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3519-3513 Realty, L.L.C. v. Law

406 N.J. Super. 423, 967 A.2d 954 (App. Div. 2009)

LANDLORD-TENANT; EVICTIONS — An entity-landlord, not being an individual capable of actual residing in an apartment, cannot evict a residential tenant on the grounds that the owner of the entity-landlord seeks to personally occupy the tenant’s apartment.

A buyer acquired a two-unit residential building in his own name and then transferred title to a limited liability company. The limited liability company, as landlord, sought to evict a month-to-month tenant and served a Notice to Quit asserting that its individual member wished to occupy the apartment himself. The tenant argued that a limited liability company landlord could not invoke those grounds for eviction. The lower court agreed with the tenant.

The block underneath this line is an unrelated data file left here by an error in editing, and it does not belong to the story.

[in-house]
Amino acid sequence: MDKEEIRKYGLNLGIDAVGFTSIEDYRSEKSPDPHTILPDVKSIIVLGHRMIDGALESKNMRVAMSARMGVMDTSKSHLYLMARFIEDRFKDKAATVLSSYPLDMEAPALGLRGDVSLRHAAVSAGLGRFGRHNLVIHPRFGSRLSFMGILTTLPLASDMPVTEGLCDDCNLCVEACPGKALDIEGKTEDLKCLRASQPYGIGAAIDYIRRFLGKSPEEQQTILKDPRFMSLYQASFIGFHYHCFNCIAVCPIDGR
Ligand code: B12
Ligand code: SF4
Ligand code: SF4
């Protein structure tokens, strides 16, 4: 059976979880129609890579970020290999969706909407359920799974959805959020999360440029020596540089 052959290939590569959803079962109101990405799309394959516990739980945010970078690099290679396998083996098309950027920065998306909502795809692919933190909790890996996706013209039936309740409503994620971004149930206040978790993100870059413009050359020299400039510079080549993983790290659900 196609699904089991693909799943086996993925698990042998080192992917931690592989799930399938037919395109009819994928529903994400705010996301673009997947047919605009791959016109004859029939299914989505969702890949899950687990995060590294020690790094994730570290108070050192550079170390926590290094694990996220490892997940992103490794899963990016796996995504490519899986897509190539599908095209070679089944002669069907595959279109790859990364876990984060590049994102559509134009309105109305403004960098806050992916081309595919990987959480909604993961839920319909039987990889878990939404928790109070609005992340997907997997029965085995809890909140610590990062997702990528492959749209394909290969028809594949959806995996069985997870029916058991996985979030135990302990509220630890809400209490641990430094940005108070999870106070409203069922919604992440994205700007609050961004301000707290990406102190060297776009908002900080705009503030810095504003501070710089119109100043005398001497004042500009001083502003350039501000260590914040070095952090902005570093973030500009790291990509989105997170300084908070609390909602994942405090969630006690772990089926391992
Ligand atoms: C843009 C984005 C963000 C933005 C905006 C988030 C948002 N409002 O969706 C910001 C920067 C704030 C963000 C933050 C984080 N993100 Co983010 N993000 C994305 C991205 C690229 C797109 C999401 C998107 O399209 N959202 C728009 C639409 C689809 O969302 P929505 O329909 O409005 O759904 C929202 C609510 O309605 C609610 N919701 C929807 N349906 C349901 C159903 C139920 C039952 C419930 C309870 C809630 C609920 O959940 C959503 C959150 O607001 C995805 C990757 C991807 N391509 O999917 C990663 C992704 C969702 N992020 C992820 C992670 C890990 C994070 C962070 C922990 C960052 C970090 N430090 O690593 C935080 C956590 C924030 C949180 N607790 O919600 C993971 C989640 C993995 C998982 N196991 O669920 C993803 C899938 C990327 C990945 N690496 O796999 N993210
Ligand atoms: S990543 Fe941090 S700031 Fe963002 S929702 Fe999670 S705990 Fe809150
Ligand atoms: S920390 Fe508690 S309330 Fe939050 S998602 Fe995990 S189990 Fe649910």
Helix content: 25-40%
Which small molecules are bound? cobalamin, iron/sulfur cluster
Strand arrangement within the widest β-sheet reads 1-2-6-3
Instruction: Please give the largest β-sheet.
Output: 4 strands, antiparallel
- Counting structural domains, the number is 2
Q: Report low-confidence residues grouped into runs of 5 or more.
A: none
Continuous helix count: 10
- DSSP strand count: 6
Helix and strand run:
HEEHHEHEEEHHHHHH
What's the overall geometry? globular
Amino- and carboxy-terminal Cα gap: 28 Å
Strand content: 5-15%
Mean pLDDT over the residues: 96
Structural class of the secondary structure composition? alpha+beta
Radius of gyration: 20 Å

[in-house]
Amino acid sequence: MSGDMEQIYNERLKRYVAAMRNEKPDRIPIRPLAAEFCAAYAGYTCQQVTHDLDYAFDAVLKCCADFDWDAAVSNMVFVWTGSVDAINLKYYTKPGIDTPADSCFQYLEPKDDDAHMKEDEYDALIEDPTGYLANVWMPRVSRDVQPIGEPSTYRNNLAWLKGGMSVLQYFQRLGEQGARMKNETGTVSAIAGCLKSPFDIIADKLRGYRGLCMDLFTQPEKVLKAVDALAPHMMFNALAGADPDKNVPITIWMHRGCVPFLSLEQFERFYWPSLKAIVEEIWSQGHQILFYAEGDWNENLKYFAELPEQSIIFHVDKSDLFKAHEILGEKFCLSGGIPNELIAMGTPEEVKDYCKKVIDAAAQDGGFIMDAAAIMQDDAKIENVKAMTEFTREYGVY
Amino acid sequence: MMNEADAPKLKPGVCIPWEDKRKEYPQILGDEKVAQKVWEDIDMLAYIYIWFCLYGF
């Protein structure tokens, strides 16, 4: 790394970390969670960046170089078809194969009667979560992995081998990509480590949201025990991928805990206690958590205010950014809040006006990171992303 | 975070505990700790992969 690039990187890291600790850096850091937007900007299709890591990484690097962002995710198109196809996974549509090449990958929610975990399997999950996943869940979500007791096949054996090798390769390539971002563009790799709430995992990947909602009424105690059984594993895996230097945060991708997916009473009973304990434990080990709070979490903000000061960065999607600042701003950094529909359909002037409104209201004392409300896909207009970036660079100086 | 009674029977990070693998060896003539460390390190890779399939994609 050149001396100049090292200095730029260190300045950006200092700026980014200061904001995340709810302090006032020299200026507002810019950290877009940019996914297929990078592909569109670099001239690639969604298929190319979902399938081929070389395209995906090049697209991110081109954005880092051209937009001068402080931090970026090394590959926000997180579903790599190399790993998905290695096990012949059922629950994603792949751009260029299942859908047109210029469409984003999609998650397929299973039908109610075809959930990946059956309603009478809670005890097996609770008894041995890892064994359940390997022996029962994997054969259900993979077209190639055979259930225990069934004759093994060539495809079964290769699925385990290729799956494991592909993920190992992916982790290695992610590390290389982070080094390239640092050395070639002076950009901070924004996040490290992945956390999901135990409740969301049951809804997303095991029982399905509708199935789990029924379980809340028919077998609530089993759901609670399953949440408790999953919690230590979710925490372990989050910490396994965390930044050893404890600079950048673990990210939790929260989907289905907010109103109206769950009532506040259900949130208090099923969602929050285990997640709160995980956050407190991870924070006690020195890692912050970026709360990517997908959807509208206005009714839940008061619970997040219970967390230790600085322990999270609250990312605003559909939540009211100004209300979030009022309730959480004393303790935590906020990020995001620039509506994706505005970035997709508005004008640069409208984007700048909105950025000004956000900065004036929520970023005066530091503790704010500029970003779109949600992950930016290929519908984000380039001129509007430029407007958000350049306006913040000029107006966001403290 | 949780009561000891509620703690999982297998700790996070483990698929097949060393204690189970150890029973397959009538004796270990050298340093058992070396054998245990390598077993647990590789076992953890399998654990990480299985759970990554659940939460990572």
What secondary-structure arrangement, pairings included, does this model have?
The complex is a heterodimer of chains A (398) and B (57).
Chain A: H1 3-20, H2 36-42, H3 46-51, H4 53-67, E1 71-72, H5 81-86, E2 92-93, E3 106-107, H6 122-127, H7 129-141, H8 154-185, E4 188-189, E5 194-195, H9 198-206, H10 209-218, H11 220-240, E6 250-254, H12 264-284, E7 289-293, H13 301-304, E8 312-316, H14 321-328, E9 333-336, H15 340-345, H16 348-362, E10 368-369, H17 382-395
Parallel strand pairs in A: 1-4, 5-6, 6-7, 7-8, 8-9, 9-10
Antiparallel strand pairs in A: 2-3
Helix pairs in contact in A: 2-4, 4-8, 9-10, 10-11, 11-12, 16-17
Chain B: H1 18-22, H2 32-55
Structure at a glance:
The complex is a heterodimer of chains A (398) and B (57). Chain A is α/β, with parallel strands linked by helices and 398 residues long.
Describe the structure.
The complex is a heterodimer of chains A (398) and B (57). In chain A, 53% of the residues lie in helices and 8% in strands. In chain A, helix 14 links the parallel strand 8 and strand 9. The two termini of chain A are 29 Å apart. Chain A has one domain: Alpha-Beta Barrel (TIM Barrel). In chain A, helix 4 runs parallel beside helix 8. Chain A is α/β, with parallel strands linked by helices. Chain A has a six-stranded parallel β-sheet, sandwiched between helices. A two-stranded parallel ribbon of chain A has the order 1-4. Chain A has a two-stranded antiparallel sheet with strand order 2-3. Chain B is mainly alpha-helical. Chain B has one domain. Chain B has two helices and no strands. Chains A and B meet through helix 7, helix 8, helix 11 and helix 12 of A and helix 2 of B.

The landlord appealed, but unsuccessfully. The Appellate Division looked at the specific section of New Jersey’s Tenant Anti-Eviction Act that permits “a landlord to remove a tenant if ‘[t]he owner of a building of three residential units or less seeks to personally occupy a unit… .’” The individual owner of the limited liability company claimed that, as the company’s sole member, he and the company were entitled to invoke this section of the Act because he wished to live in the particular unit. The Court recognized its responsibility to construe the statute and, in doing so, its obligation “to effectuate the fundamental purpose for which the legislation was enacted.” Here, it found “the clear purpose of this statute [was] to protect residential tenants from the effects of what the Legislature ha[d] recognized to be a severe shortage of rental housing” in New Jersey. Consequently, it refused to “overlook the distinction between” the limited liability company, as landlord, and its individual member. It felt that if it were to overlook the distinction, “it would be “construing the statute in a manner at odds with its purpose because [it] would be expanding the universe of parties entitled to disposes blameless tenants from their residence.” It didn’t matter to the Court that the apartment would continue to be used for residential purposes. Specifically, it pointed out that the individual member had formed the limited liability company “for the protection it afforded him individually in terms of potential liability.” As such, he “had every right to decide to arrange his affairs in that manner. At the same time, he [had to] accept the concomitant burdens that follow from the choice he made.” It also noted that the individual member had the power to convey the property back to himself, at a cost to himself, and then proceed with the same action.

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